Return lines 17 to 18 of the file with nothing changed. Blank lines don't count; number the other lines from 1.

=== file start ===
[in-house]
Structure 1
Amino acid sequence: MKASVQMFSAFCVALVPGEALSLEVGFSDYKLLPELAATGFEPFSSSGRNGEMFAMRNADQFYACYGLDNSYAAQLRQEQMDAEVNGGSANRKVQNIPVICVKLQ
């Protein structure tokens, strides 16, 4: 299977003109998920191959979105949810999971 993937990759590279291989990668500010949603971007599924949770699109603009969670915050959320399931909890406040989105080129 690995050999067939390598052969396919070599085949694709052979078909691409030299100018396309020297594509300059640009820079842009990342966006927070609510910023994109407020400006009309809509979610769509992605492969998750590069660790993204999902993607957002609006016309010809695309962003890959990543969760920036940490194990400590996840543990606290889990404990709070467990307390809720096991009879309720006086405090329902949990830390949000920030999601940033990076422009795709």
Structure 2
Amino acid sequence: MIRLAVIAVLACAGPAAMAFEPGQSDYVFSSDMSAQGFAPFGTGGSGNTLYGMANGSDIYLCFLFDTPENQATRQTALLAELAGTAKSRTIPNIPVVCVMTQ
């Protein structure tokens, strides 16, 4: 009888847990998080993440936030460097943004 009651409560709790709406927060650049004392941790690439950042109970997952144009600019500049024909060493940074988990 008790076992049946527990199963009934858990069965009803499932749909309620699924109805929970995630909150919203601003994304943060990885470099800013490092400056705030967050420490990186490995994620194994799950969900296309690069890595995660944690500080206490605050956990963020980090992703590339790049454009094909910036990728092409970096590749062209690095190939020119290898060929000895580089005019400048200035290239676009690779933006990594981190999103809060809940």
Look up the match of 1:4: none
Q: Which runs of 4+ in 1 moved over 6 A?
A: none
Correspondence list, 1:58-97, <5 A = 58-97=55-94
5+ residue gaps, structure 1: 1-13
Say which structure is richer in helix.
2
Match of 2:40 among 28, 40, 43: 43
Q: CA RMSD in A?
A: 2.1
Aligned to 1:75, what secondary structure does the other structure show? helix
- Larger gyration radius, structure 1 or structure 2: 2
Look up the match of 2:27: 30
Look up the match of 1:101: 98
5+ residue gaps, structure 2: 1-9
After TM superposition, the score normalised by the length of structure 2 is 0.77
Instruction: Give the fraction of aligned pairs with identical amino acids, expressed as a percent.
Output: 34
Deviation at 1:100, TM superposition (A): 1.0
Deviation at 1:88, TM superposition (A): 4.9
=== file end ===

A: 2.1
Aligned to 1:75, what secondary structure does the other structure show? helix